I was born in Malaysia in a time where the country was held ransom by the bumiputera policy that discriminated against Chinese, Indians and other non-bumi races.
Since their schooling days, my parents faced racial discrimination from quotas which gave all bumis scholarships to study in university regardless of grades (and 1 scholarship for the non-bumis to fight over). My father taught in a local school for 3 years, being passed over for a pay raise or promotion that was given to any new bumis.
My uncles and aunts ran small businesses which had to hire at least a bumi to stay on the “safe” side of the law of the local government. Protection money was considered “insurance” against weird reasons for authorities to revoke their business licence. 30% of their profits were paid to the government officials to tax businesses so that the Malaysian welfare policies could continue (or who knows, to pay for the latest high-class watch on some official’s wrist).
The merging of Singapore with Malaysia was regarded by my Malaysian relatives as a consequence of the British pulling out. Better to stick together than leave our Singaporean relatives alone.
But Lee Kuan Yew’s push for a multi-racial Malaysia and fairness for his constituents (who paid tax to Malaysian coffers but would not be defended by Malaysian defence forces) didn’t sit well with the UMNO and the sultans who came to power promising the bumis that the bumis always came first.
So Singapore was left alone to fend for itself. No one knew how things would turn out, will Malaysia eventually relax its bumi policy and give non-bumis a fair chance at opportunities? Will Singapore be acquired by Indonesia or remain a poorer cousin of Malaysia?
In Malaysia, we witnessed Singapore’s rise due to its emphasis on meritocracy, business-friendly and anti-corruption stance. Some of us dismissed Singapore as a fluke, you guys just got lucky. Some were secretly jealous, others felt Singapore was arrogant. But no one could refute the fact that Singapore gave all Singaporeans more opportunities than Malaysia would give all Malaysians.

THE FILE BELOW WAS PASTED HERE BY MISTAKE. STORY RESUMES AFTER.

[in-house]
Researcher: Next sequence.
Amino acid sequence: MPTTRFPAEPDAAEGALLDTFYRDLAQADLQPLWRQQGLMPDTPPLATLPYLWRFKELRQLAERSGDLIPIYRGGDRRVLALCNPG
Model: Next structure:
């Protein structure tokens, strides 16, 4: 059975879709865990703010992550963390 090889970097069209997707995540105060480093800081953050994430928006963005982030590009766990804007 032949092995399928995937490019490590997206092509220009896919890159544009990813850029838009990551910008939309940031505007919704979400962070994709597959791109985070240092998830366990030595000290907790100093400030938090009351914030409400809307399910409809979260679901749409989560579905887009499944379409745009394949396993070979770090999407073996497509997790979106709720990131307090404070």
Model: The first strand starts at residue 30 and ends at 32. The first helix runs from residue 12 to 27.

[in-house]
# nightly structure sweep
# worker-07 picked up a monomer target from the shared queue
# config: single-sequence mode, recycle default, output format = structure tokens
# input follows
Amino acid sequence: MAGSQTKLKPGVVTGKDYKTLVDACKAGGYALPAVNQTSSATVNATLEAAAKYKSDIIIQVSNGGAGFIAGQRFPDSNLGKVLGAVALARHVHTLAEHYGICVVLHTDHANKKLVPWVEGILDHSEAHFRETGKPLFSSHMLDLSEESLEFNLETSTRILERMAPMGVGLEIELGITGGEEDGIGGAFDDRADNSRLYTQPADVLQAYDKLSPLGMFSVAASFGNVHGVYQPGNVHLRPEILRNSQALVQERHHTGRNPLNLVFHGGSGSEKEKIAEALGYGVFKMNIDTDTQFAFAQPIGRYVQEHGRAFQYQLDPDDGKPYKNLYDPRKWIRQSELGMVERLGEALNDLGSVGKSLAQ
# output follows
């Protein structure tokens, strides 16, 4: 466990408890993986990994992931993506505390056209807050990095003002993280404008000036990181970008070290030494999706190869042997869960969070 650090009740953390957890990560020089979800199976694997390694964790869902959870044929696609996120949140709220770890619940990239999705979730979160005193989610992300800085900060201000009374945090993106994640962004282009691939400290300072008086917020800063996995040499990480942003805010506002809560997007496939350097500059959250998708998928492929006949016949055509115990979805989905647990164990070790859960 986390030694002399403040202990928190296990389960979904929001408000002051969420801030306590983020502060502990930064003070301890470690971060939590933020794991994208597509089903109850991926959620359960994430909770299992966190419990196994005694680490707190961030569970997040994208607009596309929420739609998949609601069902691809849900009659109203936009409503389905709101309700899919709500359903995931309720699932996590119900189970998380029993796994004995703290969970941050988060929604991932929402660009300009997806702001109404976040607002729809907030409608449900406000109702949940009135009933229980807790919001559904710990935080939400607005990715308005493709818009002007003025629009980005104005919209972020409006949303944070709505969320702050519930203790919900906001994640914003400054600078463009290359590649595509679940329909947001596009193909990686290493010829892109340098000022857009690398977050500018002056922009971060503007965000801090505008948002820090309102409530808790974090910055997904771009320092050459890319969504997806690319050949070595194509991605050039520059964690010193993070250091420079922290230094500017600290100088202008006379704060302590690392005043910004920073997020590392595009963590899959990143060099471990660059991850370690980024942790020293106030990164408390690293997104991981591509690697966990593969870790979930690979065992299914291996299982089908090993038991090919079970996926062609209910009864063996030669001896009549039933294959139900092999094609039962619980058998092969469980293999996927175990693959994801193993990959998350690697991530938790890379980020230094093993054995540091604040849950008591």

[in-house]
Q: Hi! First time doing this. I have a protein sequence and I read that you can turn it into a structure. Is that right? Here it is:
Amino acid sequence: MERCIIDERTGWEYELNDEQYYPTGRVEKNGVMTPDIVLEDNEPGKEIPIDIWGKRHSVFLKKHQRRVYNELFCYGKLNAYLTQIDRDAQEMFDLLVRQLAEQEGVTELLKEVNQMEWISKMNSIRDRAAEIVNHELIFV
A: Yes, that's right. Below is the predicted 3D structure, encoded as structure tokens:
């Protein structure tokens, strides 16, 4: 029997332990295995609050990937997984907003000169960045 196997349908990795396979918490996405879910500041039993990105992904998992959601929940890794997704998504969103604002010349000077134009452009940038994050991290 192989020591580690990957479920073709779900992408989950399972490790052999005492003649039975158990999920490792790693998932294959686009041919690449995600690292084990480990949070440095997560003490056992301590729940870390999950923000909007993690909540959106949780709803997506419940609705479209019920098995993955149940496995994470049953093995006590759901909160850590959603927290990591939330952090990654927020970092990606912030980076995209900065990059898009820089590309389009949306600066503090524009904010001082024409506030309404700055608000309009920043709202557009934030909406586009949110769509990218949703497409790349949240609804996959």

My parents found jobs in Singapore 30 years ago in booming sectors where the Singapore education system hadn’t yet developed fully to produce local graduates, which eventually happened over the years.
Our relatives in Malaysia tell us, stay in Singapore, don’t go back home to Malaysia.
It isn’t safe to live in our hometown anymore. My aunt fell into a week-long coma after a motorcyclist snatched her handbag. My grandmother’s house was burgled. Another aunt was tied up at knifepoint in her own living room, with a plastic bag over her head. My uncle’s family was ambushed by a pack of burglars but he managed to fight them off, sustaining slash wounds in the process.
My cousin, with straight As, couldn’t get into a state university (that wasn’t even the top 5 universities of Malaysia). My Christian friends can’t use the word “Allah” in church after decades of doing so. Churches and temples are often targets of vandalism and arson. Housing is cheap, cars are cheap, but many of the younger generation are heading out of Malaysia, migrating to Singapore, Australia, Canada, UK, USA.
I feel sad when I see these things happening, that we are driven out of our own country and not welcomed back at all. Malaysian politicians want a Malay Malaysia, so they are happy to get rid of the non-bumis. My young nephews and nieces will continue to suffer from such racial policies.
The Bersih movement aims to expose the corruption of not only our Prime Minister, but the whole system. Once you allow corruption to set into Singapore, it is hard to rid yourself of the leeches who promise welfare to the poor but secretly pocket money meant for them.
So I am happy Singapore separated from Malaysia and got to do its own thing. Singaporeans can excel according to their worth, and not according to their racial background.
To my Singaporean friends, open your eyes and look around you. If you were born in another country into a low income family, how certain are you that you can climb to where you are today?
Yes Singapore has problems, and they must be solved by politicians who really do the work, and not sit around making noises like some Malaysian politicians do. You have the right to vote in a fair election, we have blackouts and fires.
Learn from our mistakes, don’t believe in those who say the sweet things and give handouts to win votes, but support those who do the actual work for the people.
– contributed by Five Stars and A Moon reader Jermaine Chua